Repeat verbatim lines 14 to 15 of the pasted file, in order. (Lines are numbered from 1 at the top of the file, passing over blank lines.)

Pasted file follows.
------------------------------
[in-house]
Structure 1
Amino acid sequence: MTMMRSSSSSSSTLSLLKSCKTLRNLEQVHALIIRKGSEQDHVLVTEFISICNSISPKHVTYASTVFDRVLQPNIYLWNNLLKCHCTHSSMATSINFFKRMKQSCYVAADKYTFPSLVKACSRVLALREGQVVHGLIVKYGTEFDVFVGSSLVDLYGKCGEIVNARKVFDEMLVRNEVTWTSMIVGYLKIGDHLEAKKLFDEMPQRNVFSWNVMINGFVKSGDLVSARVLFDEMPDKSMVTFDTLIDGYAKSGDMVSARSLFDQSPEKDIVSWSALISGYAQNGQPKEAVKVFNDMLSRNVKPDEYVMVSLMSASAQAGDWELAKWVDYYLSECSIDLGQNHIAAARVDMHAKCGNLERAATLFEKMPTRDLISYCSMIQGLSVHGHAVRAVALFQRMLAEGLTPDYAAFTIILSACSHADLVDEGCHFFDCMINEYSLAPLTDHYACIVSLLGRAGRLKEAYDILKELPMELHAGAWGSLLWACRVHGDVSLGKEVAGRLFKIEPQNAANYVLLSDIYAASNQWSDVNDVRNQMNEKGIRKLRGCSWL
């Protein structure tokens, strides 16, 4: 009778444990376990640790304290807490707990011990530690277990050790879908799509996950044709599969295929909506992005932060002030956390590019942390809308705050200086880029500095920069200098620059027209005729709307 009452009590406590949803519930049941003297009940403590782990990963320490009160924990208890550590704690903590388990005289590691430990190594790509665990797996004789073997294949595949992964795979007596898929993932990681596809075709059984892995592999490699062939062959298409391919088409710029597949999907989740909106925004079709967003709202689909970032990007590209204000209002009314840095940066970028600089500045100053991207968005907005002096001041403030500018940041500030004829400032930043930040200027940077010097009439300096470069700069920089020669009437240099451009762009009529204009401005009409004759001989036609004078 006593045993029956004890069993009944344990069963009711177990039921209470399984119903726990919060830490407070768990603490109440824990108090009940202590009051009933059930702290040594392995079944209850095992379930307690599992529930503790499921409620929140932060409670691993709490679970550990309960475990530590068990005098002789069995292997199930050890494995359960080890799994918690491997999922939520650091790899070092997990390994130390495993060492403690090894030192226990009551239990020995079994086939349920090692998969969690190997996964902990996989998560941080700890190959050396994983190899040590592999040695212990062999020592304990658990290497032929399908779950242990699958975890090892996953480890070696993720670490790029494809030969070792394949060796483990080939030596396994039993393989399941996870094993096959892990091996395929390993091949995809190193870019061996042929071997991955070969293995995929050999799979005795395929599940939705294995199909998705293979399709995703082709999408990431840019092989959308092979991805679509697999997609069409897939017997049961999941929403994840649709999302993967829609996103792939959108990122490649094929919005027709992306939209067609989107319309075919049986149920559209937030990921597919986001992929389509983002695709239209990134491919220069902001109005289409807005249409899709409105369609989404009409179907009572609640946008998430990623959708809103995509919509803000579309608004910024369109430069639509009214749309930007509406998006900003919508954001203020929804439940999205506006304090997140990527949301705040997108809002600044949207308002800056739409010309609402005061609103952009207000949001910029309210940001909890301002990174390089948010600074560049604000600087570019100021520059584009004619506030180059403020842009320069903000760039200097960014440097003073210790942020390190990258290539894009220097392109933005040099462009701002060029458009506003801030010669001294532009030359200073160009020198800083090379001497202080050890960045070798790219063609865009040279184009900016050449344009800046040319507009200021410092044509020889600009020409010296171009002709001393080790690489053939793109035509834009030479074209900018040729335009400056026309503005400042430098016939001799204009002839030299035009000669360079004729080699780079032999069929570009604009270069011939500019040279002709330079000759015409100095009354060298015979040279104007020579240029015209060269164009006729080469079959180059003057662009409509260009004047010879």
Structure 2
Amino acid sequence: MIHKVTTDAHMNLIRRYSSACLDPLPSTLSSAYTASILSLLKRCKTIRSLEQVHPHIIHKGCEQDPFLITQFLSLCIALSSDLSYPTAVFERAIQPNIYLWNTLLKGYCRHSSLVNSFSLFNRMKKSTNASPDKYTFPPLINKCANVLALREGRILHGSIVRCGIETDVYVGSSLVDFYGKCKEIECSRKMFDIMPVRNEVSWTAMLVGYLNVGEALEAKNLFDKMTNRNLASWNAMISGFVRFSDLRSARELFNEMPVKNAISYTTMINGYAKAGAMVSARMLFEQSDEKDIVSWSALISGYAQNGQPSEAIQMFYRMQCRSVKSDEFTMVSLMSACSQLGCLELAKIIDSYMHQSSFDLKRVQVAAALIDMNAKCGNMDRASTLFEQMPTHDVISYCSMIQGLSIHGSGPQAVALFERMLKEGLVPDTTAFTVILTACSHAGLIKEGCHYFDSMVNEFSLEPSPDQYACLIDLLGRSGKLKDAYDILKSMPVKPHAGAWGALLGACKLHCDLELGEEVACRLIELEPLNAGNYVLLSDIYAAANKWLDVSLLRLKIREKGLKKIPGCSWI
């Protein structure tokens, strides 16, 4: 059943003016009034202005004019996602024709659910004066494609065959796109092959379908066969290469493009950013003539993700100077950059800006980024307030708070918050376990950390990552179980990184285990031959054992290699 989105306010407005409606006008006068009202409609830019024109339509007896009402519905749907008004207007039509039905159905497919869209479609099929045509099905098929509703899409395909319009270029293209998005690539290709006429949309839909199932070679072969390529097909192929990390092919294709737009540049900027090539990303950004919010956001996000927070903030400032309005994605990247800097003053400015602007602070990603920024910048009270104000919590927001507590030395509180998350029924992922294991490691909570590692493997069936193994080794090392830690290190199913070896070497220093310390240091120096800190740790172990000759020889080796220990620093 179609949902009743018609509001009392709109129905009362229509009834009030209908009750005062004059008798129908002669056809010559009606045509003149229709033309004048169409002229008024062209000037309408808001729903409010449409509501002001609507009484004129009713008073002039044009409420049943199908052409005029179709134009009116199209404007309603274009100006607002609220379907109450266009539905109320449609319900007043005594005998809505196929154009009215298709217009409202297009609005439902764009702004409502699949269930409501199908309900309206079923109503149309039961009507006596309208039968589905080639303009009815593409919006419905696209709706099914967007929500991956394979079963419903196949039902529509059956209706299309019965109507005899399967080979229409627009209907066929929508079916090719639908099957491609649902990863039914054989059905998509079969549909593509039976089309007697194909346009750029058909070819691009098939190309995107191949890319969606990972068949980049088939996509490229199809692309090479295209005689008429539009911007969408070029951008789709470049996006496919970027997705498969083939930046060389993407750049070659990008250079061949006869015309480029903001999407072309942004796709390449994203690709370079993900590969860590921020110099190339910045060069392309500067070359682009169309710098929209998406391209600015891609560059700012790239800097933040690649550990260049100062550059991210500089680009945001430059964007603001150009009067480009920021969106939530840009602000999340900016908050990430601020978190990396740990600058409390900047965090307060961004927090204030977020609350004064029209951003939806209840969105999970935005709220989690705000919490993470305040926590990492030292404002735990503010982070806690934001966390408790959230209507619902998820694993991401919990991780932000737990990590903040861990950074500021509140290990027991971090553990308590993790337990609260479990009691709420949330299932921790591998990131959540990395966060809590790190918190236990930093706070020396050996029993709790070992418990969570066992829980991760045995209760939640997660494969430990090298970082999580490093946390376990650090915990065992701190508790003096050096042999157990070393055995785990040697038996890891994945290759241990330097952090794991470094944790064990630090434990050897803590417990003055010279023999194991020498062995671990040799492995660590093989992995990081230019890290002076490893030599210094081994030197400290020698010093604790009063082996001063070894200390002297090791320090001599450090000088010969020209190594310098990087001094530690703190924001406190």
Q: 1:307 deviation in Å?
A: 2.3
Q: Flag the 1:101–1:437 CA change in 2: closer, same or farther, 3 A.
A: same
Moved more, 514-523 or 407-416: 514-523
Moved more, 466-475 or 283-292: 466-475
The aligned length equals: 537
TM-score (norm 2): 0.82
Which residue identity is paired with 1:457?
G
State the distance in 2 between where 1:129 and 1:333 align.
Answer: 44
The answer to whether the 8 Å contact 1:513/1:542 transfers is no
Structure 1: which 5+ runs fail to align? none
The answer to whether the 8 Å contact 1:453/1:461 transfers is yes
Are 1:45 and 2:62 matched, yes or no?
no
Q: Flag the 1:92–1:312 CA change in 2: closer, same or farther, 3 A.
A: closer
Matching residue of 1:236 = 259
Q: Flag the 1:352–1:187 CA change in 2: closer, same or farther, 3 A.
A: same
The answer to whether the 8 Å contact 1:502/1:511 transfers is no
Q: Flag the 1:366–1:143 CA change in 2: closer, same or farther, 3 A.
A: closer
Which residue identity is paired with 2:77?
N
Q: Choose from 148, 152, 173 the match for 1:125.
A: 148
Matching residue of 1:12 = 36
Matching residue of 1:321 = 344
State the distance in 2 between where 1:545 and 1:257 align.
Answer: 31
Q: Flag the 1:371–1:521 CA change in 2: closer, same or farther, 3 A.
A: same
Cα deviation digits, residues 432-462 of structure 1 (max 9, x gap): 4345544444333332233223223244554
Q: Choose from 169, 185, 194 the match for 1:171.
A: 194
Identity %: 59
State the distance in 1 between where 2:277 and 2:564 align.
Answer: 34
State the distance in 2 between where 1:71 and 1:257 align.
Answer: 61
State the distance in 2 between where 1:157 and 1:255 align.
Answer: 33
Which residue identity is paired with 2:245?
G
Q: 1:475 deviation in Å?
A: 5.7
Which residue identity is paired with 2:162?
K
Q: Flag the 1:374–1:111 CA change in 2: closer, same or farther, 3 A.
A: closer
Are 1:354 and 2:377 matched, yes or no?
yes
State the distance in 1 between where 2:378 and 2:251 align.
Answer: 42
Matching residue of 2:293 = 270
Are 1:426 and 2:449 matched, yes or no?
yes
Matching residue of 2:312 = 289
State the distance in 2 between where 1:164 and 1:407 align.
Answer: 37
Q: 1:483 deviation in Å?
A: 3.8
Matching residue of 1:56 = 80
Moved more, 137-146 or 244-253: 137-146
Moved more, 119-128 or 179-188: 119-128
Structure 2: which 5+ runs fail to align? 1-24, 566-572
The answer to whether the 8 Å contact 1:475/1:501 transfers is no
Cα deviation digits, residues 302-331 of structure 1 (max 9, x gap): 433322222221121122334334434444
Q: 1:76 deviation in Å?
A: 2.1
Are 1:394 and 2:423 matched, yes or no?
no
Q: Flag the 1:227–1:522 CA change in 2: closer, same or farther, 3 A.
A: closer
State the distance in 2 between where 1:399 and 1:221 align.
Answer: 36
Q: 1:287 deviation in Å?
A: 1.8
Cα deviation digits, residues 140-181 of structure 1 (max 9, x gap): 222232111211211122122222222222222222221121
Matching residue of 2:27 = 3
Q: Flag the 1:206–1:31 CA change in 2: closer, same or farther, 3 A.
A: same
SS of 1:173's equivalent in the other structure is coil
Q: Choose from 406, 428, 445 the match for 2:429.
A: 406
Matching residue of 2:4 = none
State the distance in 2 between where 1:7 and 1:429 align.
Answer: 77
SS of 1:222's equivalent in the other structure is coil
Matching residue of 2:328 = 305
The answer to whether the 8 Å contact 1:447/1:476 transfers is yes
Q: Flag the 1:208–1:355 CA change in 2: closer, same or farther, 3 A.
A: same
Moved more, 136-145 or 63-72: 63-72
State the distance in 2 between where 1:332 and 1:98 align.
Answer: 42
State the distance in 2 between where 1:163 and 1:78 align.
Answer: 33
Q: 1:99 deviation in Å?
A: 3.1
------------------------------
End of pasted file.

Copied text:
The aligned length equals: 537
TM-score (norm 2): 0.82